Video games have evolved considerably over the decades. We’ve gone from hanging out with friends at the coin arcade to playing online with strangers on the best custom PC assembled with a website builder.
The industry has undergone corresponding changes, taking advantage of cutting-edge hardware and spurring further development, while titles are developed to push these machines to their limits and sometimes beyond.
Despite these developments, many people still go back to playing old games, known as ‘retrogaming.’
By definition, retrogaming is rooted in nostalgia. Today’s average gamer is a Gen Xer or older millennial who likely spent a chunk of their childhood playing titles released in the last century. The psychology of nostalgia, in turn, shows that it promotes feelings of well-being and helps offset loneliness.
As the gamers of the 20th century grow older, experiencing burnout or personal loss, retro games offer a comforting link to the past. That’s valuable, but it’s not the only factor driving their appeal.
Commercialization and design
Today’s games are developed within a more mature industry. For the new generation of gamers who never played a retro game, or for older players who’ve steadily kept pace with the gaming scene, that’s easy to miss.
The video game industry has found several ways to increase revenue. The console model still thrives, but the days when you’d buy installation CDs are long gone. DLCs, in-game storefronts, loot boxes, subscription-based content, and online passes are commonplace now. But they didn’t exist back then.
Commercialization impacts the design of video games because it strongly affects the development process. Four or five decades ago, costs were minimal, the technology simple, audiences limited, and there was little need to test compatibility or performance across devices or platforms.
Thus, retro games are invariably an all-in-one package. They may not be bug-free, but they were playable straight from the box, without patches.
These games were made under a model that worked off upfront payments. They’re free from add-ons and the pestering reminders to purchase new content, offering a well-developed experience. Too many modern games feel like rushed, incomplete efforts that almost count on audiences to pay more for a better version.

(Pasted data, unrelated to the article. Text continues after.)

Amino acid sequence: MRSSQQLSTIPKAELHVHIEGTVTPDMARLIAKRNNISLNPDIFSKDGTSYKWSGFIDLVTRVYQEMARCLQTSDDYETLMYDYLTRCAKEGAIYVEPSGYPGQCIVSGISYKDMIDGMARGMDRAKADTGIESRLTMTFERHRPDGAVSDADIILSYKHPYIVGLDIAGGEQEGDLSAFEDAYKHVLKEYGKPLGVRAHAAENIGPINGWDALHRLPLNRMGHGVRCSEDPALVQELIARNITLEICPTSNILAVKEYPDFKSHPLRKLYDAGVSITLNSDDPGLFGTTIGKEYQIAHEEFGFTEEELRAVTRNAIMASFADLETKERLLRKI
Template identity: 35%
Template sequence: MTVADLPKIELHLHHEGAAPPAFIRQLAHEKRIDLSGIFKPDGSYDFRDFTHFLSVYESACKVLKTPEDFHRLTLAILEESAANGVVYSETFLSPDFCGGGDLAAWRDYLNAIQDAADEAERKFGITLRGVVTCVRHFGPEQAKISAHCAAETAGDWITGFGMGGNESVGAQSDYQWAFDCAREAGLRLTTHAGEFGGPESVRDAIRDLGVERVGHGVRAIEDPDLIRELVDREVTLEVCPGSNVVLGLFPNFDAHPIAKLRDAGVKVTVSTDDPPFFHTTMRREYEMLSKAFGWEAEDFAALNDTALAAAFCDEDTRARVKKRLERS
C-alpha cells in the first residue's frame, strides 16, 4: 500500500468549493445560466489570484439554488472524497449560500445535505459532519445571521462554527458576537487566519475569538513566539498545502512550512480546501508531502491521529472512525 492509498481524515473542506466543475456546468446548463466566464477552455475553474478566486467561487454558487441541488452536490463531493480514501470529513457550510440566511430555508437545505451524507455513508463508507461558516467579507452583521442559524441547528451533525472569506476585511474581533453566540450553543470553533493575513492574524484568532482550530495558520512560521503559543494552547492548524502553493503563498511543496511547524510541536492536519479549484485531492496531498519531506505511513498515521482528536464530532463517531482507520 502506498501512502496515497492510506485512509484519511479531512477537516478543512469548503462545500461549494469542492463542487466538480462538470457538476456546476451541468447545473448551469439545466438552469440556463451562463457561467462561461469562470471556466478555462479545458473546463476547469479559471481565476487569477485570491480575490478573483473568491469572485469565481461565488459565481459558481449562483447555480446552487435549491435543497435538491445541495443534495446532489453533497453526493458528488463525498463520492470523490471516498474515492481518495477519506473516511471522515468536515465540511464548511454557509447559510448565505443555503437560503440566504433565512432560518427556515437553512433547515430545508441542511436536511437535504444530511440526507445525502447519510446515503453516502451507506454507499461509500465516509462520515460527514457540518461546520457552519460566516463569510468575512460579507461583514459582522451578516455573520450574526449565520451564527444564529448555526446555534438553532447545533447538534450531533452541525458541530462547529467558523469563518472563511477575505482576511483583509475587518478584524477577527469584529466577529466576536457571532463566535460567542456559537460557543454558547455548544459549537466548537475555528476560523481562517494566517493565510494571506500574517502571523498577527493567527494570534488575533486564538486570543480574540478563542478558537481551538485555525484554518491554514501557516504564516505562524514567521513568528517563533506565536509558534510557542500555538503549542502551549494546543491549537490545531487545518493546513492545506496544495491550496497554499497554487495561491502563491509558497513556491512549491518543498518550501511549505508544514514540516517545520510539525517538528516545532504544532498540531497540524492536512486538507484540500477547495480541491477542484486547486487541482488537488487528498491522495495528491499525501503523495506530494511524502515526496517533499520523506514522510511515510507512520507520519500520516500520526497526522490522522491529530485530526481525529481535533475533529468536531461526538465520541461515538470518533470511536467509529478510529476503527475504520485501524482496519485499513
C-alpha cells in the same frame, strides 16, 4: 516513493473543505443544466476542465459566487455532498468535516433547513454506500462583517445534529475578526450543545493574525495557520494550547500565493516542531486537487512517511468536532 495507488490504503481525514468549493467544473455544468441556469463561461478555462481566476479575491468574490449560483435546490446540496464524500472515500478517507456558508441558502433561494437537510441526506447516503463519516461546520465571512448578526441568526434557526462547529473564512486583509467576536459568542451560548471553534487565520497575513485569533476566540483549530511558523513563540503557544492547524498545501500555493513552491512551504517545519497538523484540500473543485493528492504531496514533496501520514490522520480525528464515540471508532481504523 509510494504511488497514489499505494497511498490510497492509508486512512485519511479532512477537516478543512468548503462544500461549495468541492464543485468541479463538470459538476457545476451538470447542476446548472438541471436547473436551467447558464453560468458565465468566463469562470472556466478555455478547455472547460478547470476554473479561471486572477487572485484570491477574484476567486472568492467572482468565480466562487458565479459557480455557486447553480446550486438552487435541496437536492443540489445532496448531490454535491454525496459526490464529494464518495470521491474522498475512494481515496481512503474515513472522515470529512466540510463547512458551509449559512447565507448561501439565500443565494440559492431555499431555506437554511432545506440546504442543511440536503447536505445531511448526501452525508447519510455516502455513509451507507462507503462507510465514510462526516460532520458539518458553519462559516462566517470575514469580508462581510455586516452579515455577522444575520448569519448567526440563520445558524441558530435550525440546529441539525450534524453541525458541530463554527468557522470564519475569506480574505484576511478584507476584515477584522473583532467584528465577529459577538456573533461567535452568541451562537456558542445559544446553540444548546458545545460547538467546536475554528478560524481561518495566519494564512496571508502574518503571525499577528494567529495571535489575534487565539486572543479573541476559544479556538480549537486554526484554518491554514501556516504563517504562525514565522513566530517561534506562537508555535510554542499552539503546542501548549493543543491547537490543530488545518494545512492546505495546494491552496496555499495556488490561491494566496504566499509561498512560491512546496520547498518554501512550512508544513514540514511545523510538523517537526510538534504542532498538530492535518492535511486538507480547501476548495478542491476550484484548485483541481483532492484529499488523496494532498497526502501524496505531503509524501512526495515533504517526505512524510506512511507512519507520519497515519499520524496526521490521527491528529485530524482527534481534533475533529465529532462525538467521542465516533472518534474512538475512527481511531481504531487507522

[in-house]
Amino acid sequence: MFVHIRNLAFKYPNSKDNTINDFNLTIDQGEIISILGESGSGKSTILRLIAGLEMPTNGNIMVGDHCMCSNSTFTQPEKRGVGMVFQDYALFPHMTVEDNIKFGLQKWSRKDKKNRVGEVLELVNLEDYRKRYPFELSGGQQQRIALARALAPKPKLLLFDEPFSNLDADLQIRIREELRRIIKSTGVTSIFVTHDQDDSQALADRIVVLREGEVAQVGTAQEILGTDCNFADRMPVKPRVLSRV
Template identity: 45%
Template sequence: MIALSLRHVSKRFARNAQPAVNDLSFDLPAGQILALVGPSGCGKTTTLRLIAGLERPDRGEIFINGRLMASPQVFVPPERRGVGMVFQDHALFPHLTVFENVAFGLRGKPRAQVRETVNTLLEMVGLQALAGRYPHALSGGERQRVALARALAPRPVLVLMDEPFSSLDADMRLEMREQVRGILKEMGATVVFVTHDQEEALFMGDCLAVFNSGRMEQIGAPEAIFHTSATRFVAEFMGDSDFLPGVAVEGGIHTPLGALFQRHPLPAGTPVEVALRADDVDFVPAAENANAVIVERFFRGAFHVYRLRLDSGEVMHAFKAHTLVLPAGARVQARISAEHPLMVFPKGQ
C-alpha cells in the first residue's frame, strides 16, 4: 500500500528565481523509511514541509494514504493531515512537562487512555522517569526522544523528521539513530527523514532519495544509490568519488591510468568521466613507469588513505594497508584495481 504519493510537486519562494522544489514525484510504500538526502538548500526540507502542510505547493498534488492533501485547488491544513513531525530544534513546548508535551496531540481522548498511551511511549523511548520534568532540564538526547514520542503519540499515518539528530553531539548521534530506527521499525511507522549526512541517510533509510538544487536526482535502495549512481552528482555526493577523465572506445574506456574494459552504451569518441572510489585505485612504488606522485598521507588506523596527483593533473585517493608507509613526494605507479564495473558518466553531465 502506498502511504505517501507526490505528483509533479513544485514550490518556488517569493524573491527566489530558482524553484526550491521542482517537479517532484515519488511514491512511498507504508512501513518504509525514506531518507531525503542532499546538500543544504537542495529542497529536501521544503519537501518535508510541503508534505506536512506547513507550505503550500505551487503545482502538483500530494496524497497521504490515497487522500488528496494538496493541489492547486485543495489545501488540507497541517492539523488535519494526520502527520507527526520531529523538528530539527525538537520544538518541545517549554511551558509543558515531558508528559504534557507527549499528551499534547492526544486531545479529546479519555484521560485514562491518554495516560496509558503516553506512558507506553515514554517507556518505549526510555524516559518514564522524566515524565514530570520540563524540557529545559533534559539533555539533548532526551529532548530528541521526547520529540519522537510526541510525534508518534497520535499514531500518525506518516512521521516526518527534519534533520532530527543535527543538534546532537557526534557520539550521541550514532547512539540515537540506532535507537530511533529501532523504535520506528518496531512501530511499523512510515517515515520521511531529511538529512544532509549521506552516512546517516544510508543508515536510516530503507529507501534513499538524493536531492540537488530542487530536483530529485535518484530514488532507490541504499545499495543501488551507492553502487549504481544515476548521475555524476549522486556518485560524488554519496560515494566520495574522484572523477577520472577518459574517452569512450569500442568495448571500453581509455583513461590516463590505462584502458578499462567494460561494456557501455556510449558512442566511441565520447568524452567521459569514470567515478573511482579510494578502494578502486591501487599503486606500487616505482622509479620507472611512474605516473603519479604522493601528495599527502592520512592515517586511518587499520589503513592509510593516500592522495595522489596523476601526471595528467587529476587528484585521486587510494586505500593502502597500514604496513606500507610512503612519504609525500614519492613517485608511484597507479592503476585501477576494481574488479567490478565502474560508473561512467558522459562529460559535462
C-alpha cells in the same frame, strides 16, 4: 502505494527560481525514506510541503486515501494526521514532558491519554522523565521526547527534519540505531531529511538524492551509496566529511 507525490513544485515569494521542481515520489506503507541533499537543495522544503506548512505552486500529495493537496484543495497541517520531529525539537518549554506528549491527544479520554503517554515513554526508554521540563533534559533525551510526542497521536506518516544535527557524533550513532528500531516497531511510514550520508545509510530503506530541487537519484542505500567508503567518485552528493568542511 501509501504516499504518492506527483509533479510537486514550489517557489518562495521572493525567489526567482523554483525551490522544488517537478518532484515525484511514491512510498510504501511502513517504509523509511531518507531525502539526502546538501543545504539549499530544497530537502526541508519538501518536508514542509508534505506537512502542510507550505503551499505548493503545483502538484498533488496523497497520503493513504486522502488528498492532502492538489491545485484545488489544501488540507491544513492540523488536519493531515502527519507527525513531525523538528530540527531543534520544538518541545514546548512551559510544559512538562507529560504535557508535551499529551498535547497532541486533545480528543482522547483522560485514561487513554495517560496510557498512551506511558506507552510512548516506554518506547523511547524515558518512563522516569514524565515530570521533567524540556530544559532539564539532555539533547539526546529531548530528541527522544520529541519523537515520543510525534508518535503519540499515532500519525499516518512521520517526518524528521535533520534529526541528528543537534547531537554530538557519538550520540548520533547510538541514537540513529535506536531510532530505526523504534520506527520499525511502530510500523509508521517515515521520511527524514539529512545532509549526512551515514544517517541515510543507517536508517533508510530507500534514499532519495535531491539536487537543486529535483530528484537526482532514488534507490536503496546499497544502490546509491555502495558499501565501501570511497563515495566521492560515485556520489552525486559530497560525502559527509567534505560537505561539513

A different context
The evolution of the video game industry has changed how they are designed, but it’s not the only factor that differentiates retro games from modern ones.
The entire context in which video games exist is different now. In those nascent stages, games had a true cult following. The stereotype of the game-obsessed geek exists for a reason. Nowadays, thanks to ubiquitous mobile devices and high-speed internet, everybody is a gamer.
Paradoxically, that mainstream acceptance of video games may have harmed their creativity and variety.
With market research playing into the considerations of publishers and developers alike, more focus is given to genres with proven sales records, like first-person shooters. Elements of gameplay are either featured or excluded in anticipation of audience response. Games are designed to be as accessible as possible to a broad audience.
The gaming experience has become social. Most people want to play what their buddies are playing or which games are popular right now. That was already true back in the day, but the difference is we now get instant feedback, much like we do on social media. FOMO drives groupthink, and more people end up playing the same games with similar attributes.
In contrast to modern sameness, retro games were far more experimental. They could afford to be avant-garde. There was no meta-awareness. Games didn’t try to cater to every player type or demographic. They could be insanely difficult while also offering a remarkably smooth learning curve without any dumbed-down tutorials. The context of those times allowed them to be designed that way.
A distinct medium
These characteristics of retro games mark them as a completely different medium of experience from what modern games have become.
Overall, today’s video games aim for popularity, which means not displeasing a lot of people. They improve on tech specs and visuals without addressing the core experience.
Final Fantasy XIII beats the classic Final Fantasy VII hands down in graphics, but there’s no question the latter is a far better game, which is why it got remade. Dark Souls is difficult, but in retro games like Ninja Gaiden, you’d die plenty and often without blinking.
The modern gaming experience tends to be moderately enjoyable but forgettable. Yesteryear’s games offer variety by daring to fail. More than the distinctive 8- or 16-bit graphics, it’s what makes them a completely different medium.
It’s something that new players could learn to appreciate as they grow saturated with what have rapidly become established industry norms. And for indie developers seeking to recapture that magic, it’s vital to not just package modern sensibilities in a low-tech format. The best retro games are novel experiences that also evoke nostalgia.